Friday, May 30, 2014

TOP STORY >> Cabot reflects on Memorial Day

Leader staff writer

Rep. Tim Griffin (R-Little Rock) reflected on the importance of Memorial Day during the Cabot American Legion Post 71’s ceremony Monday at the National Guard Armory.

Griffin said many elected officials who speak at Memorial Day and Veterans Day ceremonies try to say things new and differently.

“The point is not to break new ground. It is to say the same thing over and over again. There is a power in repetition and repeated acknowledgement of the sacrifice of those who served and paid the ultimate price,” Griffin said.

Griffin said his dad is a pastor and he had to sit through sermons when he was growing up. Griffin would tell his dad he didn’t hear anything new. Griffin said, looking back on that, the point was not to hear something new, but the same gospel repeatedly until the pieces are taken to heart.

“The point is not to do a new ceremony. It is to do the same thing we always do. The reason is to thank those who paid the ultimate price — to honor them. We must expand that to those parts of the team who went to fight. That team is the family,” Griffin said.

Griffin said he served in Iraq in 2006 and left his wife behind during that time. He said everyone knows individual stories of hardships that families go through when the families are down range or out to sea.

“Just think how much harder it is to deal with when they never see their loved ones return. That’s what Memorial Day is all about,” Griffin said.

Griffin also talked about the differences between Veterans Day and Memorial Day.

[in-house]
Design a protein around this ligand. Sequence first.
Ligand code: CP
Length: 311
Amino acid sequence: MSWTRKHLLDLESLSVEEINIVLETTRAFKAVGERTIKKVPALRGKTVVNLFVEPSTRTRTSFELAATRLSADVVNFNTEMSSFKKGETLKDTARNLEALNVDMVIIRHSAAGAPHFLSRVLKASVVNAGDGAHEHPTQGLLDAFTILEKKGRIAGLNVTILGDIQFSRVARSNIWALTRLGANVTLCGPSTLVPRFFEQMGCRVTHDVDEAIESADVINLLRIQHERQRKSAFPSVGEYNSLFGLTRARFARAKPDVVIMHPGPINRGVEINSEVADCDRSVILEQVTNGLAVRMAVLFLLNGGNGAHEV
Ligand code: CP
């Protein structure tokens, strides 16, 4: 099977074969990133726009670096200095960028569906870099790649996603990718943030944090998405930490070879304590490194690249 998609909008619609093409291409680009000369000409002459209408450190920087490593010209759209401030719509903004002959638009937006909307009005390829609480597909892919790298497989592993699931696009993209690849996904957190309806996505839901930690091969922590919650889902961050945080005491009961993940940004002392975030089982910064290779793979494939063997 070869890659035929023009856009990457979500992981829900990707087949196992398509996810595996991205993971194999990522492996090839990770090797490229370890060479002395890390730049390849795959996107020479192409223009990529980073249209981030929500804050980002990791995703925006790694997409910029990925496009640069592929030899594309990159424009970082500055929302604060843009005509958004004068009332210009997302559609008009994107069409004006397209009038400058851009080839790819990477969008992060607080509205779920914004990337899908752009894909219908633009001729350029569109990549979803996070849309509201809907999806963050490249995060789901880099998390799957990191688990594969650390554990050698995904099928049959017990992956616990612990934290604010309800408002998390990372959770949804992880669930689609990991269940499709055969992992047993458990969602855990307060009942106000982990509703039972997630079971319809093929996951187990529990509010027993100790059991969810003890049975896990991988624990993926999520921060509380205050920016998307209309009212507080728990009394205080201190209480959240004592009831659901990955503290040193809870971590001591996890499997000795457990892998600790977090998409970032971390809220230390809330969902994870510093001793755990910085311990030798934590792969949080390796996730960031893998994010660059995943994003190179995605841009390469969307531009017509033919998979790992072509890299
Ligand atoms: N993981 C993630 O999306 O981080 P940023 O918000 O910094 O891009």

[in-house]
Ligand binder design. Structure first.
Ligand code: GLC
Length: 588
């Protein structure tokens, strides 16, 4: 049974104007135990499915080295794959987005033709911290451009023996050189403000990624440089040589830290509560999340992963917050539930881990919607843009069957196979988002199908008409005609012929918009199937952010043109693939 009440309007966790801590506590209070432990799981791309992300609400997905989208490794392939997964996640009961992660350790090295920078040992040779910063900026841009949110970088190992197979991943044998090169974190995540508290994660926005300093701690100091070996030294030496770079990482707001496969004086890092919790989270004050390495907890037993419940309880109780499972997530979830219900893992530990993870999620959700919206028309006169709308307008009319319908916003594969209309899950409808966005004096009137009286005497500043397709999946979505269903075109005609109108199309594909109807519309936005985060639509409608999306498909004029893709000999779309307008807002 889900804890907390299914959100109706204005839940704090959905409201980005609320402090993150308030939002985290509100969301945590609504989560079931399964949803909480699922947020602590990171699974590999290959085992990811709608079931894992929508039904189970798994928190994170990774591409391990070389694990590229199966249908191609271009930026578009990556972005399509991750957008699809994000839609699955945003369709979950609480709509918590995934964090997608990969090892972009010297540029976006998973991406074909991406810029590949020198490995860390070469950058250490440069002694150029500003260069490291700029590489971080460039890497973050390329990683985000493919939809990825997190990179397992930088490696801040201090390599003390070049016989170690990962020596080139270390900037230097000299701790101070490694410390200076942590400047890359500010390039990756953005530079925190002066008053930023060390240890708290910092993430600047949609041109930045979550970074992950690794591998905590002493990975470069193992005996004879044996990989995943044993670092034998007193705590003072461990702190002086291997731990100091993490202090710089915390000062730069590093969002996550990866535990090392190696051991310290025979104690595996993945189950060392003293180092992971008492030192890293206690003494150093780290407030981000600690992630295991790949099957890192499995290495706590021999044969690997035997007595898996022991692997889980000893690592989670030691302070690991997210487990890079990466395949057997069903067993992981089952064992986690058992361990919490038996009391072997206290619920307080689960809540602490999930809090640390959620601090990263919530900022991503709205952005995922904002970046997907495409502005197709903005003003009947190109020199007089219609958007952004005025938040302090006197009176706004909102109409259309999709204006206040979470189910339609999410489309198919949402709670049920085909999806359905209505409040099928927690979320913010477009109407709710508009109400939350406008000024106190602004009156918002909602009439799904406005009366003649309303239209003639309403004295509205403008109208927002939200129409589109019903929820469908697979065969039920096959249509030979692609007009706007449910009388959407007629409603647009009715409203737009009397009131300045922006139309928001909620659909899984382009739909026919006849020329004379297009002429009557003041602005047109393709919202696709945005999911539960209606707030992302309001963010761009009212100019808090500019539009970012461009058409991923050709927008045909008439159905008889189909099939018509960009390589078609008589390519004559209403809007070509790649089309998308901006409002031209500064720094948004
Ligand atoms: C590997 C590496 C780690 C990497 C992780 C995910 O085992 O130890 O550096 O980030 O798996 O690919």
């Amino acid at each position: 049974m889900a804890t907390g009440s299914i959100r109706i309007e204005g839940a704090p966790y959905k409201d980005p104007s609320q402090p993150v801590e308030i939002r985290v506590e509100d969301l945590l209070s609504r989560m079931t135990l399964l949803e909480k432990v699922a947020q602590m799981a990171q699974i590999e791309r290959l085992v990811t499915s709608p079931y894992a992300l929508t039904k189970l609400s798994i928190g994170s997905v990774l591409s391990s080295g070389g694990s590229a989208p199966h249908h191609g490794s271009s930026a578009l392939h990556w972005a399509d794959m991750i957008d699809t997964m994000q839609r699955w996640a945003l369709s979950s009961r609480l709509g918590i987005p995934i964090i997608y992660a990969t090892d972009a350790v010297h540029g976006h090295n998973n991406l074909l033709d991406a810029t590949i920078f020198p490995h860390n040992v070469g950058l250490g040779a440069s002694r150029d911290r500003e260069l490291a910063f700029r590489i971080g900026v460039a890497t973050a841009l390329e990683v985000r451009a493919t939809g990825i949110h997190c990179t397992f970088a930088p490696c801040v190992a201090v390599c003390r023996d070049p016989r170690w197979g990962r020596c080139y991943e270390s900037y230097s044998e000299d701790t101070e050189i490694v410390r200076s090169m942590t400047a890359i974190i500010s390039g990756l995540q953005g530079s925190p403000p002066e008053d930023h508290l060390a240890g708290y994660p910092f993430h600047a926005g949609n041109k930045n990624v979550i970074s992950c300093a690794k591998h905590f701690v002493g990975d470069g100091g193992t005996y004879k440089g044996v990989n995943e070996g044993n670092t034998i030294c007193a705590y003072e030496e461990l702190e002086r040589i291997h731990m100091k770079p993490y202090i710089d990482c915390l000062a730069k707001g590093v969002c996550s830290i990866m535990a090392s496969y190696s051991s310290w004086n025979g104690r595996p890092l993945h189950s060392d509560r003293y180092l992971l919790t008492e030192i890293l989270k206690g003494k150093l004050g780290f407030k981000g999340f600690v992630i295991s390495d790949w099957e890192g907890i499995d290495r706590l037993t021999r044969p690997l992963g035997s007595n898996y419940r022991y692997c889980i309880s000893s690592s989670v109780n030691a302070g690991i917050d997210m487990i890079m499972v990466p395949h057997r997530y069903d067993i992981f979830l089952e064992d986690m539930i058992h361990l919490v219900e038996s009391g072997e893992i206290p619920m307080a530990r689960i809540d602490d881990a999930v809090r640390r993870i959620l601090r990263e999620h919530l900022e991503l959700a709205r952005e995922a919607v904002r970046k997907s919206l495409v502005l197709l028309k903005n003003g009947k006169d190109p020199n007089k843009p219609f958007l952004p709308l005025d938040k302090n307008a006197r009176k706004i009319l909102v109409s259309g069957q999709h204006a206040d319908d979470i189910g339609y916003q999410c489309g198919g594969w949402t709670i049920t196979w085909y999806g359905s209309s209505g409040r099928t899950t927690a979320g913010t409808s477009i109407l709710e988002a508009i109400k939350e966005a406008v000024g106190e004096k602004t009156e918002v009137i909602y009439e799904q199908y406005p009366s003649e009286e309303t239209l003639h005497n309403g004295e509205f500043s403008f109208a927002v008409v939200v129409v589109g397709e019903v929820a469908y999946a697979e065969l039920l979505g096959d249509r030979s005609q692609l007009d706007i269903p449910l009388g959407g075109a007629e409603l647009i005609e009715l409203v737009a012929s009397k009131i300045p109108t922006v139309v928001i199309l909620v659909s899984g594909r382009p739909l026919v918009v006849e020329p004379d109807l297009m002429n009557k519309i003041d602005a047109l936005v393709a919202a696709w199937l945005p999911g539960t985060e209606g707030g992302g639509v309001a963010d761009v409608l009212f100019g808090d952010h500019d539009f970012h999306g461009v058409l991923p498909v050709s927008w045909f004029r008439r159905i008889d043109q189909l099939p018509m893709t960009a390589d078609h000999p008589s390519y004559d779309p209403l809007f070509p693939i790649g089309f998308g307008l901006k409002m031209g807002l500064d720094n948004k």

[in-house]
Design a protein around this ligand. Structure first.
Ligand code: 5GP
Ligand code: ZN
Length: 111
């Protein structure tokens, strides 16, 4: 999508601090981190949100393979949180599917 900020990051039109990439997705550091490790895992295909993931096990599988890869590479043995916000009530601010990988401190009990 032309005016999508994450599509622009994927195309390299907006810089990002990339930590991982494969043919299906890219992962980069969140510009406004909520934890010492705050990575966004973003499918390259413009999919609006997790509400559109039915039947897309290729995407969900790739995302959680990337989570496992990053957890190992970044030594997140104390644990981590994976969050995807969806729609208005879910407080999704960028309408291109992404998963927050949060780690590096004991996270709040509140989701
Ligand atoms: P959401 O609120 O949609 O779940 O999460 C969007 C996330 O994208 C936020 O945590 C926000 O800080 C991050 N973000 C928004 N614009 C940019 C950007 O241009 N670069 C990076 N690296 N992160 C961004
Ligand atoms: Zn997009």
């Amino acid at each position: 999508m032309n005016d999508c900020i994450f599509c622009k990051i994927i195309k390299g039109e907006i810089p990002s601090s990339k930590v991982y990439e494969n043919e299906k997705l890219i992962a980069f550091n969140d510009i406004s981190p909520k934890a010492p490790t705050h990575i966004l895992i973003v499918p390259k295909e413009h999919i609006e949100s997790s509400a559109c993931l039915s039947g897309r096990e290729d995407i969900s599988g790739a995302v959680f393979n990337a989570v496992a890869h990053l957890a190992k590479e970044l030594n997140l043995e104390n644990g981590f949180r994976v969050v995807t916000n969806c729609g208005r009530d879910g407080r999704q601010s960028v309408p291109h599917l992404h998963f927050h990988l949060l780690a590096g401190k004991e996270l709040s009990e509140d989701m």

Veterans Day honors all veterans, he said. Memorial Day is special because it is about the veterans who gave their lives for our freedoms.

“When you think about the impact on families, you have to include them in the reminder. They bear so much of the burden. They are the ones we are faced with when we see them after they’ve lost a loved one, at church or a store. We have an obligation to them to make sure we do whatever we can to help them through that.

“Not just after it occurs, or six months, but year after year. We cannot know what they personally are going through. We must always on Memorial Day include the family and loved ones who are left behind and that sacrifice that they have endured,” Griffin said.

Griffin brought his 4-year-old son, John, to the ceremony. The boy sat next to him on the dais and stood with him during his speech.

“If I don’t tell him what Memorial Day is, how is he going to know? Is he going to be taught at school? Maybe, maybe not. Is he going to get it from pop culture, from the songs he listens to when he gets older? Probably not. TV, probably not,” the congressman said.

Griffin said it is up to the veterans to teach the young folks and teenagers. Most are not going to choose to serve in the military, he noted.

“If we leave it to some magic force to teach them, they may never find out, never know, fully understand. I would encourage folks to take the risks of whether (their children) will behave or not and bring them. I believe it is important to see the reverence given to the flag, the missing and the service of those who serve in uniform and their families. It is important for the families to know that some people care so much about this country that they were willing to give their lives,” Griffin continued.

“If we don’t teach them, no one else will. We can’t always count on the veteran service organizations. I’m not the one they are trying to reach. A lot of these organizations do not have a lot of young people in them,” Griffin said.

He worries about his American Legion Post in Little Rock not existing in 20 years.

“I’m one of the old guys now. When I look around for the 20-somethings, there may be one,” Griffin said.

He said the (service organizations) are obligated to be the ambassadors to those who do not understand. Griffin said they can start with their own families and then the community. “If we don’t pass it on, no one will,” he said.

The Memorial Day ceremony, “is a poignant reminder that this has to be done every year, every day, all the time, lest we take it for granted,” he said.